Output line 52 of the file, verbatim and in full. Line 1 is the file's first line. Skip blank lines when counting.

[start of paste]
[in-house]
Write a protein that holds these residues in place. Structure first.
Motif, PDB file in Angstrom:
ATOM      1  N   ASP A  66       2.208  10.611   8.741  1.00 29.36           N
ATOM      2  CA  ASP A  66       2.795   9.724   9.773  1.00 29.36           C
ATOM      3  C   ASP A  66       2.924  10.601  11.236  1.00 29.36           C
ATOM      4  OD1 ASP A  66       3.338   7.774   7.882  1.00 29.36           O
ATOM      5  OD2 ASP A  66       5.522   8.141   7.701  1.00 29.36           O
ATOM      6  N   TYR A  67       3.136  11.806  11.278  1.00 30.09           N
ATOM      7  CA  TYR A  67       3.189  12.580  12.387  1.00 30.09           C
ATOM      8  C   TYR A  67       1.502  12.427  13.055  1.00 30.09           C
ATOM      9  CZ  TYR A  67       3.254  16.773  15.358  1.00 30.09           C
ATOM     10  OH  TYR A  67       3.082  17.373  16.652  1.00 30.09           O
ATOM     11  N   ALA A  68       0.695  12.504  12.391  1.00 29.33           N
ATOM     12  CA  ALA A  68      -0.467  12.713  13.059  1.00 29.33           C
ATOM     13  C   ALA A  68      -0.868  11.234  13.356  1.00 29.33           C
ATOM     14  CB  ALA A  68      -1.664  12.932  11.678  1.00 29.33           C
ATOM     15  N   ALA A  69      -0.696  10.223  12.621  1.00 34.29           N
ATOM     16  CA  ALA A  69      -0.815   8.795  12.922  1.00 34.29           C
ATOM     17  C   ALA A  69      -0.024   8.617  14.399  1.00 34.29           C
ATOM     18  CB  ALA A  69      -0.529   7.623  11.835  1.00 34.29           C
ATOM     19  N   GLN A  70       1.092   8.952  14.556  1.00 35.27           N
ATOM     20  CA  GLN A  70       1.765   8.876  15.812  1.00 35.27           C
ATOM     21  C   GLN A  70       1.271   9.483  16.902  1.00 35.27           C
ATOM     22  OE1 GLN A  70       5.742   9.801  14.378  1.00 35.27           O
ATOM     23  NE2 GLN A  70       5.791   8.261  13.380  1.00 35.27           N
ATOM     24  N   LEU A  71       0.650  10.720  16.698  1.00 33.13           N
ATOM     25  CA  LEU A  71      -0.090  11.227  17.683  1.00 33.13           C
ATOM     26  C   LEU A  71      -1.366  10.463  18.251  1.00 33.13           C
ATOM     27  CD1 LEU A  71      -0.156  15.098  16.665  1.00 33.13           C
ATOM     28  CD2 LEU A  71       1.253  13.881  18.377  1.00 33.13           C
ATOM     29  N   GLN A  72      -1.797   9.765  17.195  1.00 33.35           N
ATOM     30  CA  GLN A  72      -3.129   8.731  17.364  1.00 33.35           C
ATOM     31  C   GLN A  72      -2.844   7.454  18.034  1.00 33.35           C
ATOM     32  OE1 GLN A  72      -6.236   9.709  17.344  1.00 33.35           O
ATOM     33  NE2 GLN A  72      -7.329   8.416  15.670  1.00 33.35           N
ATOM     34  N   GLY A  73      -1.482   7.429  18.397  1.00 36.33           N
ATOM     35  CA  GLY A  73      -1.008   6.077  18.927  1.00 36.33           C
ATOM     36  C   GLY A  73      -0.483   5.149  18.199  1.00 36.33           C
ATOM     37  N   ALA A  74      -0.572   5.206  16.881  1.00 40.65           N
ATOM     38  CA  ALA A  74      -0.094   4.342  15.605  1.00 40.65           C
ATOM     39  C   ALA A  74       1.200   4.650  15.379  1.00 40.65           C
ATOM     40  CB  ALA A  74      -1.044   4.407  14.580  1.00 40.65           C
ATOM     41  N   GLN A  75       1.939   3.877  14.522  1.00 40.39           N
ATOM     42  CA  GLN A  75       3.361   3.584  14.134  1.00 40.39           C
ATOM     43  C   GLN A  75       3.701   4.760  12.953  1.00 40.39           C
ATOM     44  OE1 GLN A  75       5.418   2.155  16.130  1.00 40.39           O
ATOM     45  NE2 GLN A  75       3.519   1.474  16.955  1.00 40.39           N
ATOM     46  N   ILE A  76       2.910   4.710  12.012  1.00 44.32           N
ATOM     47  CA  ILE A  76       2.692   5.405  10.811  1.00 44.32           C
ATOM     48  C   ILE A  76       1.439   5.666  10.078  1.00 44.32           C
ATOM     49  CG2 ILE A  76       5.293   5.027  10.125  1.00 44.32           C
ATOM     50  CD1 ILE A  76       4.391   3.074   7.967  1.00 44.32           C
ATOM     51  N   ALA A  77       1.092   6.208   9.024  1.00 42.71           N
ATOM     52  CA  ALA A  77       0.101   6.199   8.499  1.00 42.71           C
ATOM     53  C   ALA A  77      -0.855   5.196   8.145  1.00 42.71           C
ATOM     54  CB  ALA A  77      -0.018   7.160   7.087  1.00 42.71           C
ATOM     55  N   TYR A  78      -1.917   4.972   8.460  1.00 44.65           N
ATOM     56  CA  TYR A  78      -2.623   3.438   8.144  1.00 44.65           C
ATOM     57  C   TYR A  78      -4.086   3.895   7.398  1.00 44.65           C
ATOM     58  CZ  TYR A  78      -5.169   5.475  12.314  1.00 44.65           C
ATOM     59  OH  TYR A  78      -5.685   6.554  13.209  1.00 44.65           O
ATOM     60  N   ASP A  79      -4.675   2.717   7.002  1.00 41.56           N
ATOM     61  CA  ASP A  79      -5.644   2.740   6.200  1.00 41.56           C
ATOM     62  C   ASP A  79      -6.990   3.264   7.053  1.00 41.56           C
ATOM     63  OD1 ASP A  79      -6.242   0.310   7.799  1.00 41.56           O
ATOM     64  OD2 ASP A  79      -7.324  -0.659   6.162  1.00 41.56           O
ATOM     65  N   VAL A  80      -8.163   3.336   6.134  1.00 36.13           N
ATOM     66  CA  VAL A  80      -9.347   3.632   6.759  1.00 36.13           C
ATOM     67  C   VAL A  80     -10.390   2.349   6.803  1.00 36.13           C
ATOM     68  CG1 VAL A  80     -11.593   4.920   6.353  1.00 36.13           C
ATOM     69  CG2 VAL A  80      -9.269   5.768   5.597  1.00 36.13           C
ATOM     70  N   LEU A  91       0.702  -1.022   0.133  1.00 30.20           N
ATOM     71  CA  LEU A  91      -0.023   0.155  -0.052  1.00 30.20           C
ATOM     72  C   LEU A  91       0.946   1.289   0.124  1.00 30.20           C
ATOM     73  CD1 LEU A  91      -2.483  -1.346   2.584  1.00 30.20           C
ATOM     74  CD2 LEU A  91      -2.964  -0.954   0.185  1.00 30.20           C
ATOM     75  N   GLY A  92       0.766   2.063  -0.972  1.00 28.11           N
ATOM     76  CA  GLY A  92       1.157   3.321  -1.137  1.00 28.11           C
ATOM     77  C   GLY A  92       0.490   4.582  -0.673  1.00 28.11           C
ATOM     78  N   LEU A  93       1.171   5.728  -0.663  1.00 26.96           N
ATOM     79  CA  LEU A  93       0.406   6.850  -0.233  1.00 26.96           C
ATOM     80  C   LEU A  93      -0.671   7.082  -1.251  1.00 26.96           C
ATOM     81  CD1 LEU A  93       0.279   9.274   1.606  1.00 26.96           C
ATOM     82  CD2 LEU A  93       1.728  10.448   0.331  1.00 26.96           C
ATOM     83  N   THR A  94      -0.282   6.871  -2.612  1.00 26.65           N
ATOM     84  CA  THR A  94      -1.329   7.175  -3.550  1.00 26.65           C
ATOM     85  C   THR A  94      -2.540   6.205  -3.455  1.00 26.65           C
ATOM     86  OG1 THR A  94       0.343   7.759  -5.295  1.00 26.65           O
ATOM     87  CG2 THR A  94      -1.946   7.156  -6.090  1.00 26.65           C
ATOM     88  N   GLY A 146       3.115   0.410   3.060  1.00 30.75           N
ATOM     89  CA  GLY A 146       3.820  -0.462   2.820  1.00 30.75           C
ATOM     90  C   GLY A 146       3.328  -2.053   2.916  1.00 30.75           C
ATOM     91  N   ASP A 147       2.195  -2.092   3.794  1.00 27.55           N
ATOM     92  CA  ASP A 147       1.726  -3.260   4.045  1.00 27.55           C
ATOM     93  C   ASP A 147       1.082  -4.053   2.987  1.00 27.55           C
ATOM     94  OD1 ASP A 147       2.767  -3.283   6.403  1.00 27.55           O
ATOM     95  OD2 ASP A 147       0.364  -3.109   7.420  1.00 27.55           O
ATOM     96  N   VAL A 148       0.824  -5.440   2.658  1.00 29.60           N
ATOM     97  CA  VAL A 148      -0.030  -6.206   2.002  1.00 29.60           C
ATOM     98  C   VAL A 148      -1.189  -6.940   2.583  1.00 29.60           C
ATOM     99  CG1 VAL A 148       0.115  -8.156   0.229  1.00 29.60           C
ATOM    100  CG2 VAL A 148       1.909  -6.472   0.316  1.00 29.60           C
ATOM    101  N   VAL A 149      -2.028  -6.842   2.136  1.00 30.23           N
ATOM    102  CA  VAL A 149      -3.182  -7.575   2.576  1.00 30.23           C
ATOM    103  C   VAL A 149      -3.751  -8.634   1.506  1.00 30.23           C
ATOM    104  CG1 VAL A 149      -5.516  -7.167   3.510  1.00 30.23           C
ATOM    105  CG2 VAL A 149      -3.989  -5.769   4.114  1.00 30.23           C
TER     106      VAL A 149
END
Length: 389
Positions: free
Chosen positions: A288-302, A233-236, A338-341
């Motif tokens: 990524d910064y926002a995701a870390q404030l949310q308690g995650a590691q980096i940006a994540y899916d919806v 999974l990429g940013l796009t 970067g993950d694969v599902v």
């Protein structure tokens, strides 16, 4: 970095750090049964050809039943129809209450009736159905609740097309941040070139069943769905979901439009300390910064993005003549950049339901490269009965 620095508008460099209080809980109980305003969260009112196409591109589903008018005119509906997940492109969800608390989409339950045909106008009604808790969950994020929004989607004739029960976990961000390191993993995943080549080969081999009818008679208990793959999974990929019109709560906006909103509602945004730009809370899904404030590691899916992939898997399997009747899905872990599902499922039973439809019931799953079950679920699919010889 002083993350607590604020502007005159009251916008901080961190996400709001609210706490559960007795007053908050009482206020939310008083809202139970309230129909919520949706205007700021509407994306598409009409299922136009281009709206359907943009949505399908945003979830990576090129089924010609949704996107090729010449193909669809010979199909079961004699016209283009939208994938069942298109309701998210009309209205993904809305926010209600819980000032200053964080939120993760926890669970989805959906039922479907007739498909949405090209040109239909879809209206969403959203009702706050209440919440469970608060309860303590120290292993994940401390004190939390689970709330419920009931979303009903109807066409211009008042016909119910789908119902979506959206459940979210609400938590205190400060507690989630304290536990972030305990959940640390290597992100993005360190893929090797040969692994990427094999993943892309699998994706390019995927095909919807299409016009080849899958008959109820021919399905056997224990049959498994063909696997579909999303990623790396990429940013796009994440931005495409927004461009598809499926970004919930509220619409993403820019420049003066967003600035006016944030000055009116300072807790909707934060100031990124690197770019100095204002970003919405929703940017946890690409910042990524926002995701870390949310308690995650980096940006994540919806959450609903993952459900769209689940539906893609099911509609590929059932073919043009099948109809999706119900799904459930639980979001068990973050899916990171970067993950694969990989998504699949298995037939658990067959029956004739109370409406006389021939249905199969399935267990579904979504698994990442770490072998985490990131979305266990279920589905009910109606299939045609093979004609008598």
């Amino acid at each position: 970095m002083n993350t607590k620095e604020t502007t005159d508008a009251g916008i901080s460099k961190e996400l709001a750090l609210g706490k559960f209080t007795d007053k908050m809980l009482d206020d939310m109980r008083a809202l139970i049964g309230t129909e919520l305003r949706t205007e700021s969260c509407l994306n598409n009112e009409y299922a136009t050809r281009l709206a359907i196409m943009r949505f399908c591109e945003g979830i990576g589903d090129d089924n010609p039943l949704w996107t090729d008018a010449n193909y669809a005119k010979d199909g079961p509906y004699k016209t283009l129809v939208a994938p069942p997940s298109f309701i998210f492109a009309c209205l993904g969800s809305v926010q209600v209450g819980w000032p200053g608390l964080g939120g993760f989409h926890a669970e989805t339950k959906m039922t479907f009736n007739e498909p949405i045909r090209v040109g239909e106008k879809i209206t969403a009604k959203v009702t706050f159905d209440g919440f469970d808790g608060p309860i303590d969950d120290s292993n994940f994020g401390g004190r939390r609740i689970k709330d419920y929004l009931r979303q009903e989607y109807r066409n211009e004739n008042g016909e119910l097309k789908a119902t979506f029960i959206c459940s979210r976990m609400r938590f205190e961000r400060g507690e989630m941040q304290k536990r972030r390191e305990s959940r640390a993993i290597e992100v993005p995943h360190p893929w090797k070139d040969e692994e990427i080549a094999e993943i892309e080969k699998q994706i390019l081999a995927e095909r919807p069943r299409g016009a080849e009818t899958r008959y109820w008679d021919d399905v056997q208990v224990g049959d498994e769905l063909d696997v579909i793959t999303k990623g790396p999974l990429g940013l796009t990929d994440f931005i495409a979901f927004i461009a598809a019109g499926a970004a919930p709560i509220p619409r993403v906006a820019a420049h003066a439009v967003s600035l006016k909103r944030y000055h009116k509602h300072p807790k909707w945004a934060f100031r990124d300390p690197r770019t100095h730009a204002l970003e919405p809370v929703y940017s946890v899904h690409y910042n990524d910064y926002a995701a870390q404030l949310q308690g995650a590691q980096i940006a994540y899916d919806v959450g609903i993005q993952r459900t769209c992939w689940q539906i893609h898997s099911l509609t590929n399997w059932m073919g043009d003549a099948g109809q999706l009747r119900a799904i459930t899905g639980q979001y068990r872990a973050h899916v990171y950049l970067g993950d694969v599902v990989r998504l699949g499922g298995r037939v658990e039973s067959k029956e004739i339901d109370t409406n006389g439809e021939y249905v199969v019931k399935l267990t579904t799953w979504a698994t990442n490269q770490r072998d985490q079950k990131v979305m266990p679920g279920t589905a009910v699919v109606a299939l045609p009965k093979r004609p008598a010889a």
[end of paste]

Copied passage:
ATOM     49  CG2 ILE A  76       5.293   5.027  10.125  1.00 44.32           C